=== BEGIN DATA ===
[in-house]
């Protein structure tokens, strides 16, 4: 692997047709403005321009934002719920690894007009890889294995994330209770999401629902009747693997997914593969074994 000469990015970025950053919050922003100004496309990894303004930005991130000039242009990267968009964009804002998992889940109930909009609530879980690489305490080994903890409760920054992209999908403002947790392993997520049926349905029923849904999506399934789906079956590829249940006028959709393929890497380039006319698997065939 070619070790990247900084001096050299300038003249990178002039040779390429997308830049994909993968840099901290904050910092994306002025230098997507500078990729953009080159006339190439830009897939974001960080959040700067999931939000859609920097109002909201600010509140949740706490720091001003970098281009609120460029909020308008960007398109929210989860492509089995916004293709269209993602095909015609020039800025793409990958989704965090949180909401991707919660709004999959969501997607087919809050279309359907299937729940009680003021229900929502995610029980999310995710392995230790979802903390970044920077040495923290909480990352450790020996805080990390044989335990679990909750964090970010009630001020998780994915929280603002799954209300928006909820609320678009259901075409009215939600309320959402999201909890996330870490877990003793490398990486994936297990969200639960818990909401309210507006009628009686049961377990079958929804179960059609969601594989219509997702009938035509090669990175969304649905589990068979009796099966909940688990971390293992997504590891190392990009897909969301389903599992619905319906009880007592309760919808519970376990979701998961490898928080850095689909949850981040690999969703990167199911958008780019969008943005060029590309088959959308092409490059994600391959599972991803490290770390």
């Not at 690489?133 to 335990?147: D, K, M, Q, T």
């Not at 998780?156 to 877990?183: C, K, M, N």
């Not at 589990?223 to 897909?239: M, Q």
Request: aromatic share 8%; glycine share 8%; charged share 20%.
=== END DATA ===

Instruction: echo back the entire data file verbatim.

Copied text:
[in-house]
């Protein structure tokens, strides 16, 4: 692997047709403005321009934002719920690894007009890889294995994330209770999401629902009747693997997914593969074994 000469990015970025950053919050922003100004496309990894303004930005991130000039242009990267968009964009804002998992889940109930909009609530879980690489305490080994903890409760920054992209999908403002947790392993997520049926349905029923849904999506399934789906079956590829249940006028959709393929890497380039006319698997065939 070619070790990247900084001096050299300038003249990178002039040779390429997308830049994909993968840099901290904050910092994306002025230098997507500078990729953009080159006339190439830009897939974001960080959040700067999931939000859609920097109002909201600010509140949740706490720091001003970098281009609120460029909020308008960007398109929210989860492509089995916004293709269209993602095909015609020039800025793409990958989704965090949180909401991707919660709004999959969501997607087919809050279309359907299937729940009680003021229900929502995610029980999310995710392995230790979802903390970044920077040495923290909480990352450790020996805080990390044989335990679990909750964090970010009630001020998780994915929280603002799954209300928006909820609320678009259901075409009215939600309320959402999201909890996330870490877990003793490398990486994936297990969200639960818990909401309210507006009628009686049961377990079958929804179960059609969601594989219509997702009938035509090669990175969304649905589990068979009796099966909940688990971390293992997504590891190392990009897909969301389903599992619905319906009880007592309760919808519970376990979701998961490898928080850095689909949850981040690999969703990167199911958008780019969008943005060029590309088959959308092409490059994600391959599972991803490290770390």
């Not at 690489?133 to 335990?147: D, K, M, Q, T």
């Not at 998780?156 to 877990?183: C, K, M, N």
């Not at 589990?223 to 897909?239: M, Q």
Request: aromatic share 8%; glycine share 8%; charged share 20%.